"Dear Father," 'cause we are pretending to be Hiccup, we will be writing to our father, Stoick the Vast.

So, "Dear Father." I'm going to read the letter or these paragraphs through once, and then we're going to have a go at finding some features.

So we're going to look for relative clause, we're going to look for ordering conjunctions, and we're going to look for formal conjunctions as well.

So you've got that on the side, but now, just to have in the back of your mind, but first of all, I'm just going to read through the letter and you can read with me.

You can read in your head following with your finger, or you can read out loud if you'd prefer.

Okay, three, two, one, let's go.

"Dear father, I hope that your mission is going well.

I'm writing this letter to ask you if I can drop out of dragon training.

This is because I would like to set up my own school, which teaches Vikings to tame dragons instead of fighting them.

I hope that I can persuade you as to why this would be an excellent idea in my letter." New paragraph, indent.

"Firstly, I am terrible at slaying dragons.

Once, I came face to face with a Nightfury, which was trapped in a rope.

Despite this, I still could not kill it.

I looked into the creature's eyes and I knew I could never kill a dragon as long as I live." So, I'd like you now to pause the video.

See if you can find an example of an ordering conjunction.

See if you can find an example of a formal conjunction as well, and perhaps you can find an example of a relative clause too.

So, pause the video and look for that now.

Okay, let's check.

Let's see what we can find.

So I've already done a sneak peek.

There is one relative clause, which is.

Oh, there's more than one relative clause.

And both of our relative clauses come at the end of the sentence in this example.

So the example that I showed you earlier was in the middle of the sentence, but a relative clause can come in the middle or at the end.

So the two sentences that have a relative clause are, "This is because I would like to set up my own school, which teaches Vikings to tame dragons instead of fighting them." So, that sentence would've made sentence sense on its own, but we've added some extra information.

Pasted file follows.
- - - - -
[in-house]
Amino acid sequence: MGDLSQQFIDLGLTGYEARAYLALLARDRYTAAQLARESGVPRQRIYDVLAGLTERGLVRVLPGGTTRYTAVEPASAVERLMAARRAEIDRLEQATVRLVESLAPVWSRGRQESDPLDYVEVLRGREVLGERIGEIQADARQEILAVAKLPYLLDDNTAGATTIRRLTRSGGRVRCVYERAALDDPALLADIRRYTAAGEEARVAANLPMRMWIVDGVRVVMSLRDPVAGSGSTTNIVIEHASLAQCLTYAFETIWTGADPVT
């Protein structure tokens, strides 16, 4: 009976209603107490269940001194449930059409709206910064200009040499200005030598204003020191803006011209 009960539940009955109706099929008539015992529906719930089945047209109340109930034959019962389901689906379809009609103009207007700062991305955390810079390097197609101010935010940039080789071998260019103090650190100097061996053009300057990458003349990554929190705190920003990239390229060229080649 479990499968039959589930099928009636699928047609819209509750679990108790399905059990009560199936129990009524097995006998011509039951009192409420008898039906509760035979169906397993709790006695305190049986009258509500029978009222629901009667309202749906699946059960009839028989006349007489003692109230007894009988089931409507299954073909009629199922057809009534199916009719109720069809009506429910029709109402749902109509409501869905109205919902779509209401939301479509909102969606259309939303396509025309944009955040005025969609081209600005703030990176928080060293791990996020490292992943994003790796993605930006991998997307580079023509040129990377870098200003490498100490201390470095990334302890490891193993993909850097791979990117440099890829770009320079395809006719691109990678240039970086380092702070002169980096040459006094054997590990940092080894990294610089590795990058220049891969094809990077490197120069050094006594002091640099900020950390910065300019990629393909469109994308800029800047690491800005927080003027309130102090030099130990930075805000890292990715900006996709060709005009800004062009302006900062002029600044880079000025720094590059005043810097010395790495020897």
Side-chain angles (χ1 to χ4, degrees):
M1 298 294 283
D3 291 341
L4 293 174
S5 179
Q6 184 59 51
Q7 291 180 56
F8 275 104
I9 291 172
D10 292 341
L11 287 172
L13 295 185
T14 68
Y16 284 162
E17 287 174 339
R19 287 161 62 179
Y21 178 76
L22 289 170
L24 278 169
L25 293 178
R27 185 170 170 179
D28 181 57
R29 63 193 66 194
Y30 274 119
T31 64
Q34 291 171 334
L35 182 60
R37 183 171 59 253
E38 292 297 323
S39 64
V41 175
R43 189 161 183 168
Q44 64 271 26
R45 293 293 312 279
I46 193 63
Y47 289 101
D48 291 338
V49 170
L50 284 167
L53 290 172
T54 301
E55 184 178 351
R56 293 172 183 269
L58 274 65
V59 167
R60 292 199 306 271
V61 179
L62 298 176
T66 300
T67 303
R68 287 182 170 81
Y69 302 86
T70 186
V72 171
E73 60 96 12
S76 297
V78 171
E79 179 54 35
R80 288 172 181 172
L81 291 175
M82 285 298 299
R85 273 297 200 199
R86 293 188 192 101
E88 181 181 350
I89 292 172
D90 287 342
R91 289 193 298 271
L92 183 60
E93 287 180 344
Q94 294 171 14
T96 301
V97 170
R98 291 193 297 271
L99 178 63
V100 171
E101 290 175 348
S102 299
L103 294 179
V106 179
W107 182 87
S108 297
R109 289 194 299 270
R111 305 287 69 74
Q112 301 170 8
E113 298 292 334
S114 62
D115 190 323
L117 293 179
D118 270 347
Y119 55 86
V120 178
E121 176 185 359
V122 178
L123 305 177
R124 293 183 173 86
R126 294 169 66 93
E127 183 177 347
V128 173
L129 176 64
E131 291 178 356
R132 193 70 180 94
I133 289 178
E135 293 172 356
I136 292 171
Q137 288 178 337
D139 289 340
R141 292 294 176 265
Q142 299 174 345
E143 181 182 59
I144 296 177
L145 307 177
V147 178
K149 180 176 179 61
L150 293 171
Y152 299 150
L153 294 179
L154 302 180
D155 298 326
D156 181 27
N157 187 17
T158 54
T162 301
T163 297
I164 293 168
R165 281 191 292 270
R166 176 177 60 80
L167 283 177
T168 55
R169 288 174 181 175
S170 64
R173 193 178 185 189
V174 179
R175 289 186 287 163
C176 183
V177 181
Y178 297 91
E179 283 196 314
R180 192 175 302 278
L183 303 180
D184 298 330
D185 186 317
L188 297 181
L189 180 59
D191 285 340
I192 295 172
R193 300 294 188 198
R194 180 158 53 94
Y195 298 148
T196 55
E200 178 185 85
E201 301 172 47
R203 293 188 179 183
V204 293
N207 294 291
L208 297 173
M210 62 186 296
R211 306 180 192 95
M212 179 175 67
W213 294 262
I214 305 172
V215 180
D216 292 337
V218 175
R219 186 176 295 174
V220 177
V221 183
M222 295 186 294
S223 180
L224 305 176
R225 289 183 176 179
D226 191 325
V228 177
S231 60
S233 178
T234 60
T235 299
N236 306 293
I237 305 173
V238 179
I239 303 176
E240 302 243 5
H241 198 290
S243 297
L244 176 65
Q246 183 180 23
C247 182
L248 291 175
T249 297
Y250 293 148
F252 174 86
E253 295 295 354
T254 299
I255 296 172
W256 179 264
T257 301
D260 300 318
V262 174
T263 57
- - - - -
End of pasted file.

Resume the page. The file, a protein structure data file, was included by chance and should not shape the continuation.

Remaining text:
Or, "Once I came face to face with a Nightfury, which was trapped in a rope," so adding extra information afterwards.

Did you find an example of an ordering conjunction? Can you point to the ordering conjunction that you found? Three, two, one.


." Well done if you spotted that.


Did you spot a formal conjunction? Point to the former conjunction.

Three, two, one.

"Despite this,.

." So it's showing an opposite idea.

It's a formal conjunction that means the same as but.

Okay, I've got a little bit more of a letter, and we're going to be looking for the same things, but this time we're also be going to be looking for an example of presumption, so when we assume that the reader agrees with us, and an example of flattery where we're complimenting the reader as well.

So I'm going to read through it and you can read along with me.

One, two, three, let's go.

"Secondly, I have learned to successfully tame a Nightfury.

I have learned that if you care for dragons, they will not attack you.

In addition, I truly believe that I can show everyone how to treat the dragons so that they will no longer attack our village.

I am certain that such a kind leader would not want any of his loyal Vikings to be harmed while fighting dragons.

I have no doubt that someone as intelligent as you will make the right decision.

I look forward to hearing the good news soon! Yours sincerely, Hiccup." Okay, now I'd like you to pause the video.

See if you can spot another ordering conjunction.

See if you can spot any formal conjunctions.

In this case, perhaps that mean and, and then see if you can see any presumption, so, I know, I am certain that, I agree, I have no doubt, all examples, and then some flattery where we're giving some compliments to Stoick the Vast.

Okay, pause the video and have a look.

Off you go.

Okay, let's check.